In Ted Butler's Archive


The possibility exists of extraordinary gains in silver. We’re talking about the likelihood of $200 silver. That’s because the silver story is phenomenal. It starts with an investment asset known since the dawn of civilization that morphed into an important industrial material starting about 50 to 100 years ago. As a result of this industrial consumption, due to chemical and mechanical properties unique to silver, the world’s 10 billion ounces of bullion was depleted by 90% because production could not keep up with demand for 70 years. The depletion of world silver bullion inventories was so severe that there is now more gold bullion in the world (three billion+ ounces) than there is silver bullion (one billion+ ounces). Despite this imbalance in inventories, gold trades at more than 50 times the price of silver.

Most amazing of all is that silver’s phenomenal story remains largely unknown. Most investors would stare at you blankly if you told them that there was three times the amount of gold bullion in the world than silver bullion. A depleted inventory is probably the most bullish thing you could say about any asset. There is little awareness of the real silver story which means there is a long way to go before it is recognized. But the depleted state of the world’s silver inventories is only a part of this amazing story.

Strong investment buying has commenced in the last six years both in the U.S. and Asia. At the same time industrial demand has continued to grow. Most of the new silver produced each year is already spoken for in industrial fabrication and is unavailable for purchase by investors. Because there is relatively little remaining new silver available for purchase, it would take a much smaller number of investors to drive prices to overvaluation than were involved in the real estate and Internet bubbles. Throw in allegations of a downside price manipulation and the possible regulatory resolution of a long term silver investigation and there exists multiple silver stories which could develop into a full blown bubble.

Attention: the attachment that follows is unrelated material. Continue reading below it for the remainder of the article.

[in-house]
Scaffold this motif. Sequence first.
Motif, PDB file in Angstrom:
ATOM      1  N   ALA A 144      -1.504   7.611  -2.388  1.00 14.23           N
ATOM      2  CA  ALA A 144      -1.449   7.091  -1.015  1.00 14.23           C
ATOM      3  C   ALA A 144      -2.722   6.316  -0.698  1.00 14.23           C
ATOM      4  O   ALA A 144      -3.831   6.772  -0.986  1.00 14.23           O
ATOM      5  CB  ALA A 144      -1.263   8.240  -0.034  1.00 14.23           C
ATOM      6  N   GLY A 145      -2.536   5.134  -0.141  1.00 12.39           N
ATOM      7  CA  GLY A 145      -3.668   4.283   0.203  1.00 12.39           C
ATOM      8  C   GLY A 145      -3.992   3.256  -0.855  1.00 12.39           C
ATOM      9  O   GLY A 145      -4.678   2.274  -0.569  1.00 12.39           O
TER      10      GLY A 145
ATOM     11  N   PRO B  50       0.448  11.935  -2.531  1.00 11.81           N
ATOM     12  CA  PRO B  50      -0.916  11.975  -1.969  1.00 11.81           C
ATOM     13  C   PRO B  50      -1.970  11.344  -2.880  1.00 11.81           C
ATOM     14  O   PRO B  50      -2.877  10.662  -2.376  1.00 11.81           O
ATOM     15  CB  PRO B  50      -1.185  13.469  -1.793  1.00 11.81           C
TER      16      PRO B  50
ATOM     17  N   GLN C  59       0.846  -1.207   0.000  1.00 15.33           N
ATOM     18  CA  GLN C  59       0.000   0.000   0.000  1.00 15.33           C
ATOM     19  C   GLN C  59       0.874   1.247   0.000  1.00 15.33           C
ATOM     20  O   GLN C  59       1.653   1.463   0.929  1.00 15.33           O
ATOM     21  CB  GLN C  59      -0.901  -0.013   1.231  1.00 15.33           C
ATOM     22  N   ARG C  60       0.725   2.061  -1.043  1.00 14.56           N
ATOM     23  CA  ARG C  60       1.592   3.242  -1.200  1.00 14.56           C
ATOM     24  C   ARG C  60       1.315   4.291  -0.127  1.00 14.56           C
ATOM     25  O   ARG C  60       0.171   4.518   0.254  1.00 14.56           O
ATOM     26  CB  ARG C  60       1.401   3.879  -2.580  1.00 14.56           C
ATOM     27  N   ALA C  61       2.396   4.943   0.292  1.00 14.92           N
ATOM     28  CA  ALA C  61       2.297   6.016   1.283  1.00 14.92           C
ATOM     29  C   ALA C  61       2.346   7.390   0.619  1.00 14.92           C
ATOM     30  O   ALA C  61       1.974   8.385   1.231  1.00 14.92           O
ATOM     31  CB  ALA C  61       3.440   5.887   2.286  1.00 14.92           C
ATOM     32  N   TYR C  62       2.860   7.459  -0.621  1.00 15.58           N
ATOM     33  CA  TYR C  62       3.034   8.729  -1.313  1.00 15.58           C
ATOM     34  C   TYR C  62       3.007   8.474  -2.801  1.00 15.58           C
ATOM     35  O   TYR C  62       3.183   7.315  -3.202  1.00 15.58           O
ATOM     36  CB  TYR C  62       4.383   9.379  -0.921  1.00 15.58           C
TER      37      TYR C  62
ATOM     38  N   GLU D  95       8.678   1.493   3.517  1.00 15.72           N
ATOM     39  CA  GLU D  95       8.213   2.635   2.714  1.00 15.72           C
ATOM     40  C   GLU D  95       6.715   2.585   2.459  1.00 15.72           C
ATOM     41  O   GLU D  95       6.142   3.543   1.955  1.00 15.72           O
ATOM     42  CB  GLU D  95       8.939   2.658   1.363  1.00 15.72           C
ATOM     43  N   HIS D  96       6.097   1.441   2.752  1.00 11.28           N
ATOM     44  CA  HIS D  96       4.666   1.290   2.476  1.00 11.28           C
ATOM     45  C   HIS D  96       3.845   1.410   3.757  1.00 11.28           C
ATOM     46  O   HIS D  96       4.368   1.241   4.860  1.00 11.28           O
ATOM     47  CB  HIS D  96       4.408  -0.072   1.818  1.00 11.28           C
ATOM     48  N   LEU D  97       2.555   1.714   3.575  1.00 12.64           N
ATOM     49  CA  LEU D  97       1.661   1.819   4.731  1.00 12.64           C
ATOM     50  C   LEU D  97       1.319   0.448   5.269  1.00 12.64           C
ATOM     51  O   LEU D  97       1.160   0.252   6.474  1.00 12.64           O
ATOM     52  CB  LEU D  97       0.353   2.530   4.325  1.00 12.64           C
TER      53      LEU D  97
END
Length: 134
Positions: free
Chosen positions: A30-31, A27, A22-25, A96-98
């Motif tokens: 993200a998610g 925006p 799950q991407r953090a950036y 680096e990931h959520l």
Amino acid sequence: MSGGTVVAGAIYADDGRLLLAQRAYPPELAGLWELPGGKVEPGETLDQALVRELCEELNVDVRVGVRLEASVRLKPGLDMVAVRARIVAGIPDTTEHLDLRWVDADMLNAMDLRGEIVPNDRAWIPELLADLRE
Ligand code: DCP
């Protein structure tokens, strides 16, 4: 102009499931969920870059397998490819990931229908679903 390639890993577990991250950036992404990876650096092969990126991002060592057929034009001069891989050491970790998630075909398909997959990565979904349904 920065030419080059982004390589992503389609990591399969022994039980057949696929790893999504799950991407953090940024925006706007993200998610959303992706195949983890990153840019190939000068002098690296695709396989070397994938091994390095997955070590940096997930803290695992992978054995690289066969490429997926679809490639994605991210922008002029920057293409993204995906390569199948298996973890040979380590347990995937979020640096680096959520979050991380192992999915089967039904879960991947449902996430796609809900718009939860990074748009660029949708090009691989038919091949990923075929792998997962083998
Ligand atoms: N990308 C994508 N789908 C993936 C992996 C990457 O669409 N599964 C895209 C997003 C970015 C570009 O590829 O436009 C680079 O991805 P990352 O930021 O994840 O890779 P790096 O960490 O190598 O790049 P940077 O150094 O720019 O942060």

Silver is used in industrial applications in very small quantities relative to the total cost of the finished product. Substitution of other materials is impractical in short periods of time, so a sudden price spike would not be met with a dramatic drop-off in industrial consumption. In fact, heavy investment demand would likely cause industrial silver users to rush to buy in order to build inventory levels that assure continued functioning of assembly lines. There would undoubtedly be efforts to increase silver mine production in response to a price spike, but opening silver mines takes a lot longer than it does for a silver buying panic and a price blow off.

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